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IBM Goes Wide and Deep on Mobility

I just returned from 3 days at IBM's annual Lotusphere conference in Orlando, and while IBM is focusing primarily on bringing social media concepts into business processes, particularly with their Connections product, there is a mobility element into everything they do. However, IBM doesn't do anything from just one angle, and behind the scenes the company has been developing a raft of mobile security, device management, and applications development tools.

The one problem with IBM's mobility offerings is that they have so many of them and they all have names that provide no clue as to what they actually do. Fortunately I got to spend some time with Rob Ingram, Senior Manager, Mobile Social Business Strategy, who moderated the session "Strategy in Action: IBM Mobile for Social Business", and he walked me through the forest.

First, IBM does offer mobile clients for the Apple iOS and Android platforms under the name Sametime Mobile Client; their partner RIM offers one for the BlackBerry platform. The iOS and Android clients got an upgrade this past August and now offer presence and IM (individual and group with picture capabilities), as well as push notifications, so a user who has been off-line receives alerts regarding text or other items received as soon as they log in. The network (e.g. Apple's Push Notification Server) doesn't deliver the actual message, only the "alert". The user connects to Sametime when they are back on line and the message is delivered directly over a secure connection.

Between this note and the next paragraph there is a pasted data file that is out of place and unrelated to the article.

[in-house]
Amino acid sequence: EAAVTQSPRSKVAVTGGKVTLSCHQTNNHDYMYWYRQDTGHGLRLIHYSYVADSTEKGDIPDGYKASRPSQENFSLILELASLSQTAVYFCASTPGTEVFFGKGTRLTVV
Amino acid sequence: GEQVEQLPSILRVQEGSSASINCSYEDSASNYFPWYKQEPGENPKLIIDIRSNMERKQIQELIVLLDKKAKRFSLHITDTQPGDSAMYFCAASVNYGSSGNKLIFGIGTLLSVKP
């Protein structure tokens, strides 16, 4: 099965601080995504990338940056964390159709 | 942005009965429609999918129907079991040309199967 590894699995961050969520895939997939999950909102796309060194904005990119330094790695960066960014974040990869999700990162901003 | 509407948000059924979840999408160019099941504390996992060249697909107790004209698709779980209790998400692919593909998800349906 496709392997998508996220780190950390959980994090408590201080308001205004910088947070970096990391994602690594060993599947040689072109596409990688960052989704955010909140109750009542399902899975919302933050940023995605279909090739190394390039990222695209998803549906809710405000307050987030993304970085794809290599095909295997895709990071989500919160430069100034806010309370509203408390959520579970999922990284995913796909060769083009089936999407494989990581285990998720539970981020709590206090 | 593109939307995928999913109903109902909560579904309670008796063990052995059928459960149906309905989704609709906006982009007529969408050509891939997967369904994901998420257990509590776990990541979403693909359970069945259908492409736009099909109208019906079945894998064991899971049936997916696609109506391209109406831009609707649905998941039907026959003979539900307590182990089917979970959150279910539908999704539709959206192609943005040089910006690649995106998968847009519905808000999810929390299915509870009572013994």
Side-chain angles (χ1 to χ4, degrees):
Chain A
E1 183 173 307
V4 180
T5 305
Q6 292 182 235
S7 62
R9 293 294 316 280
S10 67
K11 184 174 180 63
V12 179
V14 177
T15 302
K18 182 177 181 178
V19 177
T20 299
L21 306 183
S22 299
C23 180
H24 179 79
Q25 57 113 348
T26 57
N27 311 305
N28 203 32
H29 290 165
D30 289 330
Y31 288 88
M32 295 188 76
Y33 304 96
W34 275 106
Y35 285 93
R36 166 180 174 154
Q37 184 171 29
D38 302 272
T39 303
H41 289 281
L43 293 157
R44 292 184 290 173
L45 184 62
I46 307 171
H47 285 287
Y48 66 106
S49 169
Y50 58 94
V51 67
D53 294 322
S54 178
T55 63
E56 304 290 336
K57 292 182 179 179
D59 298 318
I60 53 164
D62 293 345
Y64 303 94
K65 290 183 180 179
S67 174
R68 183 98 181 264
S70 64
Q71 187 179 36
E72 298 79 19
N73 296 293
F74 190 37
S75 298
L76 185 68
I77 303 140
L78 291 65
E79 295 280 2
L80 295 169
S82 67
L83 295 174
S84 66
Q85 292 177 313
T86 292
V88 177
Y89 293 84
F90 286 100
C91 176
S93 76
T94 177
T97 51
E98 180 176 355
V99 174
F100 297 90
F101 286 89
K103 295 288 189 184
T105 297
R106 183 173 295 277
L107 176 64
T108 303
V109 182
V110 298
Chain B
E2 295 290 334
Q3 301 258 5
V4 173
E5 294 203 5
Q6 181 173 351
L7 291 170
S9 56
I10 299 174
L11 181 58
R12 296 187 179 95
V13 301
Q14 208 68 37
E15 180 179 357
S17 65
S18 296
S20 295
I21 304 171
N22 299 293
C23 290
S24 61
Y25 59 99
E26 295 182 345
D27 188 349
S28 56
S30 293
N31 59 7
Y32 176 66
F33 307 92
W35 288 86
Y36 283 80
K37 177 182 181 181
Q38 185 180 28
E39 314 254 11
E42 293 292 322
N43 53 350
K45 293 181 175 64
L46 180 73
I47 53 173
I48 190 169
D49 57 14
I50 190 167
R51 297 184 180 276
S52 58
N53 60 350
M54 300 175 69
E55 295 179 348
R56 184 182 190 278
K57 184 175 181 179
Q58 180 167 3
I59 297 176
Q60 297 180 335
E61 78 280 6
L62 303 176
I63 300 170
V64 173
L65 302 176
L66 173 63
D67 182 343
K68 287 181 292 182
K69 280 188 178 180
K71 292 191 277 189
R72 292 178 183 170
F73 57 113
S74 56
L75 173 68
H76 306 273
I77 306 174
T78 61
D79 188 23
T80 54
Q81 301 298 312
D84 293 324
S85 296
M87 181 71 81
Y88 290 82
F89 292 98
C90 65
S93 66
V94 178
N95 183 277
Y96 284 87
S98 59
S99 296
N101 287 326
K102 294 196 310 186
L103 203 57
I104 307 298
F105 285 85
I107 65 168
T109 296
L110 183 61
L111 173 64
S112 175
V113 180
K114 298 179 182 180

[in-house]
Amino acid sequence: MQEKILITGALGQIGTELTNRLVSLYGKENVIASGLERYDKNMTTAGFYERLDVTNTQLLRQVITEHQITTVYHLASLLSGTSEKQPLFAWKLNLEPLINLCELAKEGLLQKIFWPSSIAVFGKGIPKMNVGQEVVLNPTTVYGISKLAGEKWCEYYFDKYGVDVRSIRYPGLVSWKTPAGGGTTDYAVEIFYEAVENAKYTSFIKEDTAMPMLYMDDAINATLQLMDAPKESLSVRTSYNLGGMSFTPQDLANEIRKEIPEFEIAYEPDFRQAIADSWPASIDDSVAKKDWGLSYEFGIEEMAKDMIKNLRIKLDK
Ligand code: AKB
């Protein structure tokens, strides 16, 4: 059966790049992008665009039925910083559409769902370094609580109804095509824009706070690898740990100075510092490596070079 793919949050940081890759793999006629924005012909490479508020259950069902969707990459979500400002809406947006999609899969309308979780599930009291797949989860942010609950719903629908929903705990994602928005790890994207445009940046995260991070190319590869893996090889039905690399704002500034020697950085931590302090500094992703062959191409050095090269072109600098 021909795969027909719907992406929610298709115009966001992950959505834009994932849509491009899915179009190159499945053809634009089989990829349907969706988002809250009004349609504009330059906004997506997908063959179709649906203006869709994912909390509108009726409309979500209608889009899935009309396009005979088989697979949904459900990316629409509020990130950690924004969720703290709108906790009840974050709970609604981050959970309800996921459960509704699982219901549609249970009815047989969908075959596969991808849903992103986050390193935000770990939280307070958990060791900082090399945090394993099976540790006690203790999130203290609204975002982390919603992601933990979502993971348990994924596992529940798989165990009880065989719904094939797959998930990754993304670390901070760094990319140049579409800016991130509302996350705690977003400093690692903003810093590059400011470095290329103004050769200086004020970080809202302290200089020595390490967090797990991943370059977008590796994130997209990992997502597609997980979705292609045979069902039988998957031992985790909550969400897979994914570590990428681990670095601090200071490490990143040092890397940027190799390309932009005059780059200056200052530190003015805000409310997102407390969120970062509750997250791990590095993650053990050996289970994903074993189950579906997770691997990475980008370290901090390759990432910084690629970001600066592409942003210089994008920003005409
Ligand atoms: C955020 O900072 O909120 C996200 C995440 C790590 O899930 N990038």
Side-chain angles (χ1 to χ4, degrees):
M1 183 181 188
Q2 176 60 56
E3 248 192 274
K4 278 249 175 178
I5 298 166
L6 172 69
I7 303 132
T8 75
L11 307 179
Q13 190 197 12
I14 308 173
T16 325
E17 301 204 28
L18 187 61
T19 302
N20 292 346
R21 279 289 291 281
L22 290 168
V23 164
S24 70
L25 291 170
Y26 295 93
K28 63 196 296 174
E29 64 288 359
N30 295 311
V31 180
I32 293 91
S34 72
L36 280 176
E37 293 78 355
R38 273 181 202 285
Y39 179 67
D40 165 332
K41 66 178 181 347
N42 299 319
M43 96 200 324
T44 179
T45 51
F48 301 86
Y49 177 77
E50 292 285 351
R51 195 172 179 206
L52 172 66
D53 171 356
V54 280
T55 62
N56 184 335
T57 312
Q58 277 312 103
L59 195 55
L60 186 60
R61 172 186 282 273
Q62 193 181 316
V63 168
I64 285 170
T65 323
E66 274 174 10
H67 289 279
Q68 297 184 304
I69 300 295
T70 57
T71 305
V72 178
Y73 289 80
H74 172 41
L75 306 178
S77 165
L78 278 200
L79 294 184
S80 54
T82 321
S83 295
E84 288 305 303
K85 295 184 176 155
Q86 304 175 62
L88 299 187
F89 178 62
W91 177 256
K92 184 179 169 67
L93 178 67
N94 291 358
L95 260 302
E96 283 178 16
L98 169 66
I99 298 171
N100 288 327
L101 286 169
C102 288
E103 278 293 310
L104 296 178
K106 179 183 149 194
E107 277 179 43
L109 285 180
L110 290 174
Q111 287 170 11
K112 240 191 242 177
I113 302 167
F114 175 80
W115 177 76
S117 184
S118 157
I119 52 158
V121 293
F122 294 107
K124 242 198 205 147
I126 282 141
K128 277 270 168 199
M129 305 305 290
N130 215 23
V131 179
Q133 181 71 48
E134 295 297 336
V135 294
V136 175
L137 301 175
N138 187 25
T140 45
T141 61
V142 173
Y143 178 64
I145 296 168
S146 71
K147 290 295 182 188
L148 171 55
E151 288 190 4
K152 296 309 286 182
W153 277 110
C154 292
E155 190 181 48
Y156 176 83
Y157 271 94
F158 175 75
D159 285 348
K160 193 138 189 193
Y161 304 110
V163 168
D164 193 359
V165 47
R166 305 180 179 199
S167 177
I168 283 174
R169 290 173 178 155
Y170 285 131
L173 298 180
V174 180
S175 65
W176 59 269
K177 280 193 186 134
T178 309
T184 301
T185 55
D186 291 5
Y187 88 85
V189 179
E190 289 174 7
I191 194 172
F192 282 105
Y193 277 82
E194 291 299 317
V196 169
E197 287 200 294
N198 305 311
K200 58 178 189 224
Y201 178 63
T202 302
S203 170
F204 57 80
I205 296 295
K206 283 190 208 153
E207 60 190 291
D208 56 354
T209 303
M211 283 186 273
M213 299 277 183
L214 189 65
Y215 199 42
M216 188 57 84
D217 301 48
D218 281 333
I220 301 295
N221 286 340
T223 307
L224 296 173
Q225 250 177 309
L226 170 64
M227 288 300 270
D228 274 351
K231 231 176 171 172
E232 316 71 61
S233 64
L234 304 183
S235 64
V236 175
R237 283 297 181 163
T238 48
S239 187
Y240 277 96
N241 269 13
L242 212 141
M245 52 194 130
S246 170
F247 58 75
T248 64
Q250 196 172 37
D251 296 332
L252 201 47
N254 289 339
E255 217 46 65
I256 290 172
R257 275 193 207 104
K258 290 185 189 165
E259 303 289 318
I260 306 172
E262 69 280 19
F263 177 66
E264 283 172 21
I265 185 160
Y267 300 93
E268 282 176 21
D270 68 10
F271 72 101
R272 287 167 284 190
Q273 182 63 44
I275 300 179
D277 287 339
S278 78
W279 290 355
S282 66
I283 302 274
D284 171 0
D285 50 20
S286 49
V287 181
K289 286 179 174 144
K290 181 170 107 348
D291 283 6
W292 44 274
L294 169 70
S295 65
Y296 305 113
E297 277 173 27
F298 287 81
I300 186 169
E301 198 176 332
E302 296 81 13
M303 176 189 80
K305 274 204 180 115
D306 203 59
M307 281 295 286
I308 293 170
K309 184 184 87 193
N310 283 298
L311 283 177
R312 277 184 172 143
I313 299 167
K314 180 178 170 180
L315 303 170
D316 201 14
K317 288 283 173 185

With that upgrade, IBM also included location-based presence on the Android implementation, so the user's location can be provided along with their presence status. For privacy reasons, the user has the ability to limit which colleagues are allowed to see that location.